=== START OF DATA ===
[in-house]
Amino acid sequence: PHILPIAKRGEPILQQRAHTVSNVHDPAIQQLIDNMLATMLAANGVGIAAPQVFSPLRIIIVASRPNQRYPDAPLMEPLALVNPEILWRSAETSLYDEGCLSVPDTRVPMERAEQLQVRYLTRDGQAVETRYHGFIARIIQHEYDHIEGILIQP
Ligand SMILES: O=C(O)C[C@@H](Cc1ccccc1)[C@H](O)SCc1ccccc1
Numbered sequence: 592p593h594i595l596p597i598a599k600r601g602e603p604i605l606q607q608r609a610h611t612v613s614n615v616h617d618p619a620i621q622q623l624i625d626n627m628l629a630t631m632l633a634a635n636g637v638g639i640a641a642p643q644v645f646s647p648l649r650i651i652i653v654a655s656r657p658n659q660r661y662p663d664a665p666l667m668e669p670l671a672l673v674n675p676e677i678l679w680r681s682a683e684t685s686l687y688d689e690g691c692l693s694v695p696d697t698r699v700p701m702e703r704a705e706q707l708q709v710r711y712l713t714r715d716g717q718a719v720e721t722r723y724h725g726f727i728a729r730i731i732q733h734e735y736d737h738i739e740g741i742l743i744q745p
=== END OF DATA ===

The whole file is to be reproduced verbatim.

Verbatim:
[in-house]
Amino acid sequence: PHILPIAKRGEPILQQRAHTVSNVHDPAIQQLIDNMLATMLAANGVGIAAPQVFSPLRIIIVASRPNQRYPDAPLMEPLALVNPEILWRSAETSLYDEGCLSVPDTRVPMERAEQLQVRYLTRDGQAVETRYHGFIARIIQHEYDHIEGILIQP
Ligand SMILES: O=C(O)C[C@@H](Cc1ccccc1)[C@H](O)SCc1ccccc1
Numbered sequence: 592p593h594i595l596p597i598a599k600r601g602e603p604i605l606q607q608r609a610h611t612v613s614n615v616h617d618p619a620i621q622q623l624i625d626n627m628l629a630t631m632l633a634a635n636g637v638g639i640a641a642p643q644v645f646s647p648l649r650i651i652i653v654a655s656r657p658n659q660r661y662p663d664a665p666l667m668e669p670l671a672l673v674n675p676e677i678l679w680r681s682a683e684t685s686l687y688d689e690g691c692l693s694v695p696d697t698r699v700p701m702e703r704a705e706q707l708q709v710r711y712l713t714r715d716g717q718a719v720e721t722r723y724h725g726f727i728a729r730i731i732q733h734e735y736d737h738i739e740g741i742l743i744q745p